Health Food Stores: Local health food stores often carry a variety of Ashwagandha products, including powders, capsules, and tinctures. These stores usually have knowledgeable staff who can provide guidance and recommendations.

Online Retailers: Numerous online retailers offer a wide range of Ashwagandha products. It's important to choose reputable websites and verify the authenticity of the brand and product before making a purchase. Reading customer reviews and checking for third-party testing can help ensure product quality.

Reputable Brands: Look for well-established brands such as Elzac Herbals that prioritize quality, transparency, and third-party testing. Reputable brands often provide information about their sourcing practices, manufacturing processes, and product certifications.

Conclusion

Ashwagandha, scientifically known as Withania somnifera, is a herb with a rich history of traditional use and growing popularity in modern times. Throughout this article, we explored various aspects of Ashwagandha, and here are the key points to recap:

 

·        Ashwagandha has been used for centuries in traditional healing systems, such as Ayurveda, for its adaptogenic properties. It helps the body cope with stress, manage anxiety, and combat fatigue.

·        Traditional uses of Ashwagandha also include promoting longevity, enhancing cognitive function, and supporting reproductive health.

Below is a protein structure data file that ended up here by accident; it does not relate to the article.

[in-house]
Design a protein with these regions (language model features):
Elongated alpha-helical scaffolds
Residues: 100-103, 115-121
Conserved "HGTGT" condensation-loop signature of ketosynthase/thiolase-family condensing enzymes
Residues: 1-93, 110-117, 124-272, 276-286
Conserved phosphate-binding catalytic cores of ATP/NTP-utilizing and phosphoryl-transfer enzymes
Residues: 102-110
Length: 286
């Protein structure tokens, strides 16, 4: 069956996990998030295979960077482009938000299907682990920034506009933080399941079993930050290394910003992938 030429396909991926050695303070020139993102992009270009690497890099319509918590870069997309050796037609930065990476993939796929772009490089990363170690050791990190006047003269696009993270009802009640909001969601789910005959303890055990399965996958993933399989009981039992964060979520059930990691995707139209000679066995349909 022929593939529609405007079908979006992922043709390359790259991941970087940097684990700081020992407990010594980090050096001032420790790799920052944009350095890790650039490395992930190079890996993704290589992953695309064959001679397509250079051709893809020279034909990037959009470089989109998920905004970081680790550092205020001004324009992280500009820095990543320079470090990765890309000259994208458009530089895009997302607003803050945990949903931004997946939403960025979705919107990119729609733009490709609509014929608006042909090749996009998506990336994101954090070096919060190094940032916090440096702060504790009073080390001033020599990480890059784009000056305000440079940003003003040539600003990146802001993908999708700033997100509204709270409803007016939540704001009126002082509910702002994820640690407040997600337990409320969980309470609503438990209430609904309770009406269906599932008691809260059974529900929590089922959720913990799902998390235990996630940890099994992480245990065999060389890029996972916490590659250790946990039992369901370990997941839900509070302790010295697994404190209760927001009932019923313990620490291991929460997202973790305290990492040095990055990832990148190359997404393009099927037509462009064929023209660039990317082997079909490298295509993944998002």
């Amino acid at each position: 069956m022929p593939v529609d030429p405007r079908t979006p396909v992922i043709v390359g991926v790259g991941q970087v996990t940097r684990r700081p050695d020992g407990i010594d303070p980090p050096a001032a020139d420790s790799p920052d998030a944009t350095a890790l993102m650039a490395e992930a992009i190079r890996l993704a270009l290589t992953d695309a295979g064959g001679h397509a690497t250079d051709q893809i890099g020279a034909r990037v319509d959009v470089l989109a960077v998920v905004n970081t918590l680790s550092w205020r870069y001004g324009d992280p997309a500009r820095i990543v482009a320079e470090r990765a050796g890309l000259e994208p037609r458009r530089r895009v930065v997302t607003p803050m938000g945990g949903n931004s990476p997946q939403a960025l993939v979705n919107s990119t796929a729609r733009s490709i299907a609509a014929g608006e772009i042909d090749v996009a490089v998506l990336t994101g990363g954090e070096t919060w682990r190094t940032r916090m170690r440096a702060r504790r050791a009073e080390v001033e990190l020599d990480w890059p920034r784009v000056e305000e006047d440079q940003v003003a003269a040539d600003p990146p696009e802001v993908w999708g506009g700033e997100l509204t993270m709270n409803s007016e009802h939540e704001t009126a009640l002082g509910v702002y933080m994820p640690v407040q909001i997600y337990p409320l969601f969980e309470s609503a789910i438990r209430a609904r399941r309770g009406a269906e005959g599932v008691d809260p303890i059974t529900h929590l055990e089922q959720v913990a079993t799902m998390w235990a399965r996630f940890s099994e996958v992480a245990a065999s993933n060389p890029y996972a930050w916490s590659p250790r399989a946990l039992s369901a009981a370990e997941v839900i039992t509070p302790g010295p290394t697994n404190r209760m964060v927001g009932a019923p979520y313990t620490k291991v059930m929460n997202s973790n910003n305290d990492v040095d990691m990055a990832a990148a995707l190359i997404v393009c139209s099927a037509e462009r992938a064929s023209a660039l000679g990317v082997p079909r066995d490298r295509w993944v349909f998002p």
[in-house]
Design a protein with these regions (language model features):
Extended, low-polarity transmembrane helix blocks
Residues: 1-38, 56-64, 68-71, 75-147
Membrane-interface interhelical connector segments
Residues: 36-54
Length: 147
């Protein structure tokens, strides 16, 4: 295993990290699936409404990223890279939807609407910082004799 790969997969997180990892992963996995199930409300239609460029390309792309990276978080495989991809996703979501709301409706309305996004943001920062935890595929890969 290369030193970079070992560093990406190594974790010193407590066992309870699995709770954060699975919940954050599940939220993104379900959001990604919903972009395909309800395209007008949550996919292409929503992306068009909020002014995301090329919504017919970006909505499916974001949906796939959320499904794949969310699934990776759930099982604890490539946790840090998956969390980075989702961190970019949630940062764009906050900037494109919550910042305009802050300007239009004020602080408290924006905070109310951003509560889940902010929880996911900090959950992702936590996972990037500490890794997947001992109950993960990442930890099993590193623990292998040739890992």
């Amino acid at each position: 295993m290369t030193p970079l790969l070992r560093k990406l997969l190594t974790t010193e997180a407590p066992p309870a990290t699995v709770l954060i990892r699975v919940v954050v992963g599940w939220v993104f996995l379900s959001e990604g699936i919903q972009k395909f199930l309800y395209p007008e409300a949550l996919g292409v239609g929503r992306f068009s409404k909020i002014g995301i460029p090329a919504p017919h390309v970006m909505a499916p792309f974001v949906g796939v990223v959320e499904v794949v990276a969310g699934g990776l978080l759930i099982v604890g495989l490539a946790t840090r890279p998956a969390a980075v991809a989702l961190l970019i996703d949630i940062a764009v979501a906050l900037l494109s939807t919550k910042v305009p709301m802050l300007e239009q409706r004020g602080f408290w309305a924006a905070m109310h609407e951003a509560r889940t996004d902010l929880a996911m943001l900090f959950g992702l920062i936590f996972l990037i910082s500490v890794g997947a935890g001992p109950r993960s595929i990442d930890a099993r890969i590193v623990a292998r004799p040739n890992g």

·        Scientific research has provided evidence supporting many of the traditional uses of Ashwagandha. It has demonstrated anti-inflammatory, antioxidant, immune-modulating, and neuroprotective properties.

·        Ashwagandha shows potential in managing conditions such as arthritis, diabetes, insomnia, and neurological disorders.

·        Active constituents, including withanolides, alkaloids, and steroidal lactones, contribute to Ashwagandha's pharmacological actions on various bodily systems.

·        Ashwagandha is generally considered safe when used appropriately, but individuals should be aware of side effects and interactions with medications. Consulting with healthcare professionals is recommended, especially for specific populations and individuals with certain medical conditions.

·        Ashwagandha is available in different forms such as powders, capsules, tinctures, and teas. Reputable brands and sources should be chosen when purchasing Ashwagandha products.

·        As ongoing research continues to uncover the potential applications of Ashwagandha, it is essential to consult with healthcare professionals for personalized guidance.

In conclusion, Ashwagandha holds great promise as a natural herbal remedy, blending its rich traditional history with scientific research. Further research is needed to fully understand its mechanisms of action and to explore its potential applications in various health conditions. With continued exploration, Ashwagandha may provide even more valuable insights and contribute to the well-being of individuals seeking natural health support.

Herbs Alphabetical List